- Written by Chris Heinonen
- Published on 03 January 2014
The Sony VPL-HW55ES Projector In Use
The Sony VPL-HW55ES claims improved contrast over the prior generation through use of a better automatic iris system. I almost always find these easy to spot when used, so I really wanted to see if they improved it. Harry Potter and the Deathly Hallows, Part 2 will test any iris system with dark scenes where explosions can cause the light level to suddenly shift.
With the iris on the Auto Limited setting, I cannot see it activate in use. Even when Voldemort's army launches a barrage on Hogwarts the explosions against a night sky do not cause any visible iris movement to me. Last year I was able to see this in action so Sony has gone back and improved this feature.
Also improved is the Film Mode, or black frame insertion, that the VPL-HW55ES offers. By inserting black frames between real frames of 24p content, the Sony mimics the behavior of a film projector where the shutter activates between, and often during, film frames. Last year this created a choppy effect that is certainly film-like but not in a good way. I left it disabled after initially testing it out.
This year during films I hardly notice that same behavior. It reduces light output, but the Sony has plenty to spare. Motion is far improved to the point that you think frame interpolation is active. As I verify that Motionflow is off I notice that the blurring you can see in LCoS and LCD projectors is missing. In really bright areas of the image you see a slight flicker but I might not notice it if I were not looking for it.
When I switch from a movie to full field test patterns I can clearly see the flicker. So if you spend all day looking at test patterns, I'd leave it off. If you want to watch movies on your projector instead, it's a nice feature and the drawbacks are very slight.
The Macau entrance scene in Skyfall shows off the nice contrast ratios that the VPL-HW55ES is capable of. When Bond enters the casino and is backlit you can still make out his dark suit in the shadows. Fireworks explode against the night sky without triggering a visible change in the iris but offering a wonderful contrast to the dark skies.
The dark, shadow filled images on Girl With the Dragon Tattoo are easy to make out on the Sony. From bright white snow to dark shadows, all the details come across. The film moves from bright exteriors to shadowy interiors rapidly but the iris and film mode are invisible in use. Dark suits have texture and detail, and faces look superb. The bit of tint that has been applied to the film comes across and looks just like the director intended.
The VPL-HW55ES handles 3D well and better than last year. Watching Hugo there are no crosstalk artifacts or other issues that I can see. Images coming out from the screen instead of back into the screen always bother me, but the 3D is well done. The glasses sync quickly and easily, and they extend back along the side to shield your eyes from stray light. They are a bit tight for my head but I like the design more than other models.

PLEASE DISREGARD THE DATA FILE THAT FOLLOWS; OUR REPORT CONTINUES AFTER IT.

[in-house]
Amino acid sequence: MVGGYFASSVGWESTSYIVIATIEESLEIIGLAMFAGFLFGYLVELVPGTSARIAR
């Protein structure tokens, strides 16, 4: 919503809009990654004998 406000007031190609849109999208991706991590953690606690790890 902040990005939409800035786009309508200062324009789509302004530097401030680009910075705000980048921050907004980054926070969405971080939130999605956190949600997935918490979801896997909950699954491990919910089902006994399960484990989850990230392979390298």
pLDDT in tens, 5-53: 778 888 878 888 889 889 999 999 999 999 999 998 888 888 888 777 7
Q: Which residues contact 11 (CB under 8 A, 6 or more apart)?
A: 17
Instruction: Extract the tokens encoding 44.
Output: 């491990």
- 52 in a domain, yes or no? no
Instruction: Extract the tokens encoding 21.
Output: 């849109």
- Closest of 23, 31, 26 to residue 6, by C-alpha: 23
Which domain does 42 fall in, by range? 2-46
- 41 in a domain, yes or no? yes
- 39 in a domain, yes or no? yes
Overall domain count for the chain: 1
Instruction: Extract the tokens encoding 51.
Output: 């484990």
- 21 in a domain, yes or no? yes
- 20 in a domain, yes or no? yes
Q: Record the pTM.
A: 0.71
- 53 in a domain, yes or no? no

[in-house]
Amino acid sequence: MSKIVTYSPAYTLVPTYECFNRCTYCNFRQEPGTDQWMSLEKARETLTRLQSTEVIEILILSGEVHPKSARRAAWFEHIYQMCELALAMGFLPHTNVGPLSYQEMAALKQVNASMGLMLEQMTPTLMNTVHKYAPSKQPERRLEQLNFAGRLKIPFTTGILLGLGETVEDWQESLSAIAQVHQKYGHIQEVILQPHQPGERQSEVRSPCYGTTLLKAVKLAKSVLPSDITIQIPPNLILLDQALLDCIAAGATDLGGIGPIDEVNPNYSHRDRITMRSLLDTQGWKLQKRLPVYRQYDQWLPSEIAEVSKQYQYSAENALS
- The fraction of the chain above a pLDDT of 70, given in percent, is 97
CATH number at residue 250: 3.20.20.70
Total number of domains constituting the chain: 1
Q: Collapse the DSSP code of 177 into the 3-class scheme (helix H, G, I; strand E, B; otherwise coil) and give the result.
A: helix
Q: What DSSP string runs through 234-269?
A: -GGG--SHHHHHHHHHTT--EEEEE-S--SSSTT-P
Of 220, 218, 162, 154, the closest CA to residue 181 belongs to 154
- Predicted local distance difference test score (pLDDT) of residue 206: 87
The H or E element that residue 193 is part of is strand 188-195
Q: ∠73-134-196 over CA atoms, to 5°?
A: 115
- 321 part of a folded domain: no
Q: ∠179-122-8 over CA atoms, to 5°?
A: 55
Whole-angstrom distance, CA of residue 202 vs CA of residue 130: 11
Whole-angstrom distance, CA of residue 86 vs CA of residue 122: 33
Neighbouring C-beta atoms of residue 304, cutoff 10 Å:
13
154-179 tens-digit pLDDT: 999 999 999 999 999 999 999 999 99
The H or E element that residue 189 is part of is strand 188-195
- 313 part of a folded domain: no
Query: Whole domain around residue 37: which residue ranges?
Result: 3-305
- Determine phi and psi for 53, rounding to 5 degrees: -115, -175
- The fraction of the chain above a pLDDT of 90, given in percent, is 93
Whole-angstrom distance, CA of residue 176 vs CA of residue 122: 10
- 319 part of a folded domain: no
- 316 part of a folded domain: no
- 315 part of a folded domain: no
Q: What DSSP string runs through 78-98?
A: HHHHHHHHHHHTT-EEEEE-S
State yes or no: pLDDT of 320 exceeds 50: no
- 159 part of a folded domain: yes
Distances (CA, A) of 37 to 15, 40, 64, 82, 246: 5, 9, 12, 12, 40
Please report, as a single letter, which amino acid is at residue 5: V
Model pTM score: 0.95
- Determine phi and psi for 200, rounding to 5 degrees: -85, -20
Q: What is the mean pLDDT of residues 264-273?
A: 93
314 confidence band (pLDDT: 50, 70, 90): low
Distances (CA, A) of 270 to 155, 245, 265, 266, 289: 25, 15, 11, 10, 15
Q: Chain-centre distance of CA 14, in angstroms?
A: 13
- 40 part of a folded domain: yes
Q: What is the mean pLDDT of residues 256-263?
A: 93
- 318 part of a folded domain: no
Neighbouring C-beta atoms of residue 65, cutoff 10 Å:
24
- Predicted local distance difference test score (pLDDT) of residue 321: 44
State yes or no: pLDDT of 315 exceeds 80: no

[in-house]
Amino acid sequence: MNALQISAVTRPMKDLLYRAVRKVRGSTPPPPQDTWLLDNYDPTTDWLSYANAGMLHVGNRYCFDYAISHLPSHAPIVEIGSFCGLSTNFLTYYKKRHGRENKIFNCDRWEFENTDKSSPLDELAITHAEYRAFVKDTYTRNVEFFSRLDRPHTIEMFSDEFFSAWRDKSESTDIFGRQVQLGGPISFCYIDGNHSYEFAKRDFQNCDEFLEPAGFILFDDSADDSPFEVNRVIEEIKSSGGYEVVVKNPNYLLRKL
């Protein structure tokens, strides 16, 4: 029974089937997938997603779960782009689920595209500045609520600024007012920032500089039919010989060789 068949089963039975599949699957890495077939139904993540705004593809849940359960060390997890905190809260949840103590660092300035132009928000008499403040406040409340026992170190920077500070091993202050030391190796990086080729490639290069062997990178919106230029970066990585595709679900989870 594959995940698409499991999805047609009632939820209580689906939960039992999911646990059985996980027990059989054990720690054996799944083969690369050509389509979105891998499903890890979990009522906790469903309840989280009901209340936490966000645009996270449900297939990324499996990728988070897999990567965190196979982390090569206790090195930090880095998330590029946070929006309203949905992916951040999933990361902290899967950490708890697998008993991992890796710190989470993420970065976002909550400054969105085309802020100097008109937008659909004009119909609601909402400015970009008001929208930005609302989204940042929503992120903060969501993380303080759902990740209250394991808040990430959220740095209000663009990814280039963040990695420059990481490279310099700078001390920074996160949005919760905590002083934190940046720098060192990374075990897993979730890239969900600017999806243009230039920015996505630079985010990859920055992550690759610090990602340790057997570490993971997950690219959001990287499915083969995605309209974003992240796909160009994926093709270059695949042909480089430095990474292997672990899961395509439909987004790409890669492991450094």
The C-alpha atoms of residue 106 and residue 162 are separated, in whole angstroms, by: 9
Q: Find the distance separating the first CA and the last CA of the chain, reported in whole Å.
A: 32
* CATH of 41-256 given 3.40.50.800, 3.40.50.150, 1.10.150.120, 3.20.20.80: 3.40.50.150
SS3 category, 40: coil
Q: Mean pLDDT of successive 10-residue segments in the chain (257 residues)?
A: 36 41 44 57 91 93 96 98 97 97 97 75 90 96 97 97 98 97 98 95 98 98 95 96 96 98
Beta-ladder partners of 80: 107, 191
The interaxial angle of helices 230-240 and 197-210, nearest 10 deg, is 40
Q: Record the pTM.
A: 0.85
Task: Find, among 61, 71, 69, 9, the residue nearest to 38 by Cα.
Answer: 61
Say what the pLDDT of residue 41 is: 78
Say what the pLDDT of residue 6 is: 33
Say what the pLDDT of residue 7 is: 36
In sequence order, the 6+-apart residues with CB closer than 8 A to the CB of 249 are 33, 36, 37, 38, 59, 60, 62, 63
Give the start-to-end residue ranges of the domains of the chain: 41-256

Watching Monsters University the textures and colors practically jump off the screen. There is nothing dull or lifeless about the image, as the bright, vivid images look amazing. The improvements that Pixar have made in their image quality really show off and the Sony can deliver all of it. The opening skyline scenes of Drive are my favorite for checking out the native contrast of a projector. The nighttime sky here is very dark against the bright windows of the skyscrapers. It can't quite hit the levels of black that a JVC projector can, but without them side-by-side you would be hard pressed to know the difference.
The VPL-HW55ES is bright enough to watch content even with the lights on. As I attempt to catch up on Breaking Bad I can easily watch an episode with the lights on in the room. As wonderful as watching moving in a dark cave is, sometimes being able to watch them with some lights on is preferred. Especially if you want to have friends over to watch the Super Bowl where being in a dark room is not as enjoyable.
The viewing experience with the Sony VPL-HW55ES is very rewarding. Images are accurate and there is light output to spare. The updated dynamic iris and film mode improve the contrast ratio as well. The main missing feature I would like to see is a motorized lens system. Beyond helping people with screen ratios other than 16x9, it would make focusing much easier.